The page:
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Scenario 1: Superficial Predictions and Missed Opportunities

Thirty-six ninth graders enter their English classroom. They notice the change in the physical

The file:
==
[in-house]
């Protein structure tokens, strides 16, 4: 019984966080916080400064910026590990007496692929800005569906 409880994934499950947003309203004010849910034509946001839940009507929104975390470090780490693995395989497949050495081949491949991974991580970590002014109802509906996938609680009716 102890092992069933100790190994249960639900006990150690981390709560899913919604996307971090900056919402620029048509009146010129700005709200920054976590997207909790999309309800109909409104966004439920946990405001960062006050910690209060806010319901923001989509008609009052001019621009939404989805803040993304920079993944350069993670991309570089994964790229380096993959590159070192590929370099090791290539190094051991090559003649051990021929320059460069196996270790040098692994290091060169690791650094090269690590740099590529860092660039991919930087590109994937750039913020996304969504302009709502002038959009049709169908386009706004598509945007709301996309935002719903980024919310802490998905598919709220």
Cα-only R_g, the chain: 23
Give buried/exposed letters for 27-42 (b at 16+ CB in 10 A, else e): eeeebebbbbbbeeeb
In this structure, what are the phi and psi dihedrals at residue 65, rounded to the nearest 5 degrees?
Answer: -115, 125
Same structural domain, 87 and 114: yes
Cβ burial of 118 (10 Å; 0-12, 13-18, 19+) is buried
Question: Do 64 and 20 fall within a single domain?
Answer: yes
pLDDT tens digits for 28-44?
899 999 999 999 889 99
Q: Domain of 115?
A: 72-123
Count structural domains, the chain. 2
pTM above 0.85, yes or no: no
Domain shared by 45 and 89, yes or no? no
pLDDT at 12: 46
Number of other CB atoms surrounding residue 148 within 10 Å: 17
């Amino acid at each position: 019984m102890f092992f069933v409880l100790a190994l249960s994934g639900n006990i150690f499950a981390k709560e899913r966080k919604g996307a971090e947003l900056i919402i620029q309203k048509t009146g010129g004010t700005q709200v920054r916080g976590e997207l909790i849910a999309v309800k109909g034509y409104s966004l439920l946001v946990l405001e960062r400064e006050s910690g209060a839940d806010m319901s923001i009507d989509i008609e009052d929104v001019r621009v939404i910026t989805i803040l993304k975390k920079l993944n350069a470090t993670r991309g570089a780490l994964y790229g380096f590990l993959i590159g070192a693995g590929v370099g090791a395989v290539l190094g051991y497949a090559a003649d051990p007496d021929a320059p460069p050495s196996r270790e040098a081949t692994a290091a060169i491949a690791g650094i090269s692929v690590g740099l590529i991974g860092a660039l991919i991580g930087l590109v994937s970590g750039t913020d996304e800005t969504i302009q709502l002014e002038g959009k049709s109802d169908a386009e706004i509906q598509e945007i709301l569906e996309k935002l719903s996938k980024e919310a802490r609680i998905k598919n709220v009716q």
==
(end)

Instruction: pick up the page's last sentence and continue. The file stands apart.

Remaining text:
environment – there are pictures of the ocean, a large “fish” made of paper, and fishing tackle scattered around the room. One of the windows is covered with paper on which the sea has been drawn. On the board in the front of the classroom is a writing prompt: “Write about a struggle you have had with nature.” Given their usual routine of bellwork, students open their writer’s notebooks and begin writing after fifteen minutes of writing, their teacher holds up a book and reads the title, The Old Man and the Sea by Ernest Hemingway (1952). After a pause, she asks the class, “What do you think this book will be about?” The students look around; Micha raises her hand, “an old guy that goes out to sea?” Javier adds, “maybe it’s about a guy who gets old working out at sea.” The class seems to agree and Ms. James continues. She reads the back cover copy about a man who struggles with nature, who finds himself, and gains a greater understanding of his life. “What do you think now?” she asks the class. Anthony says, “I guess it’s about an old guy who goes out to sea to find himself.” Shawntel agrees with Anthony, but says, “This better not be some fishing story like we had last year. I hated that boring story.” Ms. James starts to read the first few pages. Several paragraphs into the book, she asks, “Now what do you think?” Shawntel, without raising her hand, says, “See I told y’all – boring.” When she finished reading aloud, Ms. James asked the class to discuss their predictions for the next section of the story with their peers. Luis quietly said, “I’m not into this book. I think we’re gonna have to hear about this old guy’s trip.”

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